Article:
(4) Also, observe the climate before watering. If the temperature is around 65°F, you may decrease the watering but when the temperature is around 80°F to 85°F you may increase the watering to compensate for the heat.
How to deal with root rot in monstera
When your monstera has developed root rot in its waterlogged roots, you need to remove the infected parts to prevent the spread of the infection. Here’s how:
- Remove the plant from the pot and separate the soil from the roots. The viable roots should be firm and not mushy while the rotten ones are too soft when touched.
- Using a pruning shear or scissors cut off the mushy and rotten roots.
- Re-pot the newly trimmed monstera and delay watering until it develops new growth.
- You may also cut off the brown leaves to help your monstera in preserving its energy and restore its health.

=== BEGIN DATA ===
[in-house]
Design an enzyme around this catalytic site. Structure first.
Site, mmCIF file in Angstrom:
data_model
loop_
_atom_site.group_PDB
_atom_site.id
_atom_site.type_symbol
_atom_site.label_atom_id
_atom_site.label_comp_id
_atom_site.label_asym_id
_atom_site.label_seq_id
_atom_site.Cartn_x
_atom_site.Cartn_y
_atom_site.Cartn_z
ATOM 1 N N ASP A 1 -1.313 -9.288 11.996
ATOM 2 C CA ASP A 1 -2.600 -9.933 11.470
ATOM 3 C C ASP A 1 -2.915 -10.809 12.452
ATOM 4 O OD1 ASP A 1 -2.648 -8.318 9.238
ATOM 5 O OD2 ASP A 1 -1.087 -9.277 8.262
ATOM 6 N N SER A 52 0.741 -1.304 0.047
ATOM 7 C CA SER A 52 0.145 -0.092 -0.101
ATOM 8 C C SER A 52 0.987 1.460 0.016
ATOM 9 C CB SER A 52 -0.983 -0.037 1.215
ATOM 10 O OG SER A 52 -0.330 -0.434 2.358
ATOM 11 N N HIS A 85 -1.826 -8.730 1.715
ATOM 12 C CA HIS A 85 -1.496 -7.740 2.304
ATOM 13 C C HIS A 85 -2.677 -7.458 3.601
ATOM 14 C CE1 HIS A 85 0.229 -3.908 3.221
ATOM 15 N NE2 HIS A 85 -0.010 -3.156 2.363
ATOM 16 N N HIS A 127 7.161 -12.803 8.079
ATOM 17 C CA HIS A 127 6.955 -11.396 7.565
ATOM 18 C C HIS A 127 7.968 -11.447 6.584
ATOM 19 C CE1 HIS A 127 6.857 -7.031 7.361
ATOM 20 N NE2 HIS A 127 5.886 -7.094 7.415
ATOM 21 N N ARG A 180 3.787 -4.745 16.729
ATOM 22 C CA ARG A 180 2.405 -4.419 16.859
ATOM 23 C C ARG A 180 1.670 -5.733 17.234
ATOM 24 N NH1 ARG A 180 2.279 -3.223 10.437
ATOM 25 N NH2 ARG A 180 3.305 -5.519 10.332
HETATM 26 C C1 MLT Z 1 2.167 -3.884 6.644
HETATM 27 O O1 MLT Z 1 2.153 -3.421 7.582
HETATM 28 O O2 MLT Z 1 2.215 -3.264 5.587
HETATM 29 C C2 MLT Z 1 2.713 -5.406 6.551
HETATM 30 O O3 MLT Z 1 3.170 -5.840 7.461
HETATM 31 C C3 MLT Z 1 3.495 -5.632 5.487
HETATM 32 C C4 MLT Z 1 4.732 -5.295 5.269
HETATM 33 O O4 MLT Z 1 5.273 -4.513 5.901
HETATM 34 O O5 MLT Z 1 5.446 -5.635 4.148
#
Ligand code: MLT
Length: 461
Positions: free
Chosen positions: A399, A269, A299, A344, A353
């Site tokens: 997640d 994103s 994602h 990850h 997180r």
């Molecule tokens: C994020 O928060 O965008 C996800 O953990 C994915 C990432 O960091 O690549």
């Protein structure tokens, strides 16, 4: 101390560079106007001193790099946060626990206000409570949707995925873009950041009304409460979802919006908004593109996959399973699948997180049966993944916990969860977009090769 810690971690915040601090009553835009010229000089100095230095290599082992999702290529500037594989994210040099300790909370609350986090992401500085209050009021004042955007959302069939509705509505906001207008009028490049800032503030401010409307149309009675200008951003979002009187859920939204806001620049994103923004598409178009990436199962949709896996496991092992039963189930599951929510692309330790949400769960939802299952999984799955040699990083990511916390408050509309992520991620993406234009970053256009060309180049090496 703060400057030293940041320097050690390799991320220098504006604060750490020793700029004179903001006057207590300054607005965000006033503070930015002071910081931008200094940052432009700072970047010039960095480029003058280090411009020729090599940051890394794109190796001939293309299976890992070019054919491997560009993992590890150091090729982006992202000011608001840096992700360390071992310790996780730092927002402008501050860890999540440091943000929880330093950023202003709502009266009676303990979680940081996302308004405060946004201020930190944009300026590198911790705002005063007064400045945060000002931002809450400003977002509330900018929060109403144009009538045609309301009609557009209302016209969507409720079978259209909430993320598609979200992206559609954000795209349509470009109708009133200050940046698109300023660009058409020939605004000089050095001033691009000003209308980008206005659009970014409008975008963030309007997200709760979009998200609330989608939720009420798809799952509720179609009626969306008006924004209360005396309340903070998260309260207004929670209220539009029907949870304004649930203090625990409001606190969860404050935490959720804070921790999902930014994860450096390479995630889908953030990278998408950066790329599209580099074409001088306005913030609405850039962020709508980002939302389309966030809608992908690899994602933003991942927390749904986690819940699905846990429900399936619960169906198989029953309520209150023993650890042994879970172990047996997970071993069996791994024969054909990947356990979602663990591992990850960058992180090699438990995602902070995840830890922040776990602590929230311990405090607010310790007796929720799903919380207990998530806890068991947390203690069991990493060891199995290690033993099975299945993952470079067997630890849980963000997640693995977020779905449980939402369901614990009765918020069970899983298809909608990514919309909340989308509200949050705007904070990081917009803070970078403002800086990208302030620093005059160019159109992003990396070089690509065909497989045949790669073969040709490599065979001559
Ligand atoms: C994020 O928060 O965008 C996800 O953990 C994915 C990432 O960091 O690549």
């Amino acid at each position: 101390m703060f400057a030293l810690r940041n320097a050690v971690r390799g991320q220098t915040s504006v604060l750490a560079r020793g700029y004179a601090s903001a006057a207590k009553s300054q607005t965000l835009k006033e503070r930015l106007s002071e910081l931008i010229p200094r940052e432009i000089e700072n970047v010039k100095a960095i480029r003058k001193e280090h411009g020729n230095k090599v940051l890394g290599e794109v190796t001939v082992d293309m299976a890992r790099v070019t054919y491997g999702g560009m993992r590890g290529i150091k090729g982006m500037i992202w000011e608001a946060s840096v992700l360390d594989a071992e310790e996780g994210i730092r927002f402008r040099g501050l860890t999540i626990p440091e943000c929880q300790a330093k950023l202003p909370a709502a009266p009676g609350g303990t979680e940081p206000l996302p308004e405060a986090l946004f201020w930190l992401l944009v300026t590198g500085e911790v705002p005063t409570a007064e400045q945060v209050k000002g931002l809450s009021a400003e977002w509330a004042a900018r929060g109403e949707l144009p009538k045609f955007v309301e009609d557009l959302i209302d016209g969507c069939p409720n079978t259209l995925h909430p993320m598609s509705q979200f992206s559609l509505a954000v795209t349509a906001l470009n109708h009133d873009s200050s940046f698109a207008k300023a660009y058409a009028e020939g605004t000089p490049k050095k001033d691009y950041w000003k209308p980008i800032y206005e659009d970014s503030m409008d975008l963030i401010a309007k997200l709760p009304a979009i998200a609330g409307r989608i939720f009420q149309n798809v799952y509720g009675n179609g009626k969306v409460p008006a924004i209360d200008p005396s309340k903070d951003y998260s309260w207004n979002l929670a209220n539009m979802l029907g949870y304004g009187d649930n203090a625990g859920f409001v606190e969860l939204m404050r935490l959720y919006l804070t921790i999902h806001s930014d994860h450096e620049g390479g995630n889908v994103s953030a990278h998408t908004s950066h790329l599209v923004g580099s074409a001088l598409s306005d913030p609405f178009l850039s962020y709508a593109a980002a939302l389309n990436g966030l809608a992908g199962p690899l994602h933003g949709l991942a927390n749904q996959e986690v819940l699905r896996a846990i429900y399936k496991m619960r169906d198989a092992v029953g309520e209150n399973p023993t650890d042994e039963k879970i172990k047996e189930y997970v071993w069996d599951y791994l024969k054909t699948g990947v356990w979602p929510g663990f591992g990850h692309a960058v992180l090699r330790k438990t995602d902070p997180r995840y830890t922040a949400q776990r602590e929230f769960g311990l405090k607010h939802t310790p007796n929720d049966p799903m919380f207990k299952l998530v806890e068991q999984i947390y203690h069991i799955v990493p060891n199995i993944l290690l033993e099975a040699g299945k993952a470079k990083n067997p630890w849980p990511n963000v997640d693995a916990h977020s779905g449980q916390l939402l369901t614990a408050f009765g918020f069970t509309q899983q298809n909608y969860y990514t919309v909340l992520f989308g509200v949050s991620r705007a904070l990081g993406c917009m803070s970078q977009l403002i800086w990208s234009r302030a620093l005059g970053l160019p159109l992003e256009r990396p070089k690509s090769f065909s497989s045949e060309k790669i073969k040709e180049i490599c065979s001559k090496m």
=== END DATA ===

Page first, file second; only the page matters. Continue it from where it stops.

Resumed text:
#2 Sun damage
Monstera only requires bright indirect light. It is one of the reasons why they are the best houseplants since you can place them anywhere in the house as long as they get a glimpse of the sunlight.
If they are mistakenly placed in direct sunlight, they will suffer from dehydration that manifests as brown leaf edges that have a papery texture.
How to treat monstera leaves turning brown due to sun damage
Sadly, you can no longer nurse the scorched monstera leaves back to life.
Here are some of the steps that you can do to help ease the heat stress off your monstera:
- Place the plant in partial shade and ensure that it gets enough water to compensate to the stress it endured.
- Trim the damaged leaves and keep them in an area where it gets the optimal growing conditions away from cold drafts and intense heat.
- Delay fertilization until your monstera recuperates and develops new growth. Feeding plants when they are under stress will only stress them further and do more harm than good.
#3 Low humidity and temperature stress
Monstera may require moderate watering and sun exposure but it needs a humid environment to thrive.
When it gets cold, the indoor humidity will drop which causes stress to monstera, resulting in browning and droopy leaves.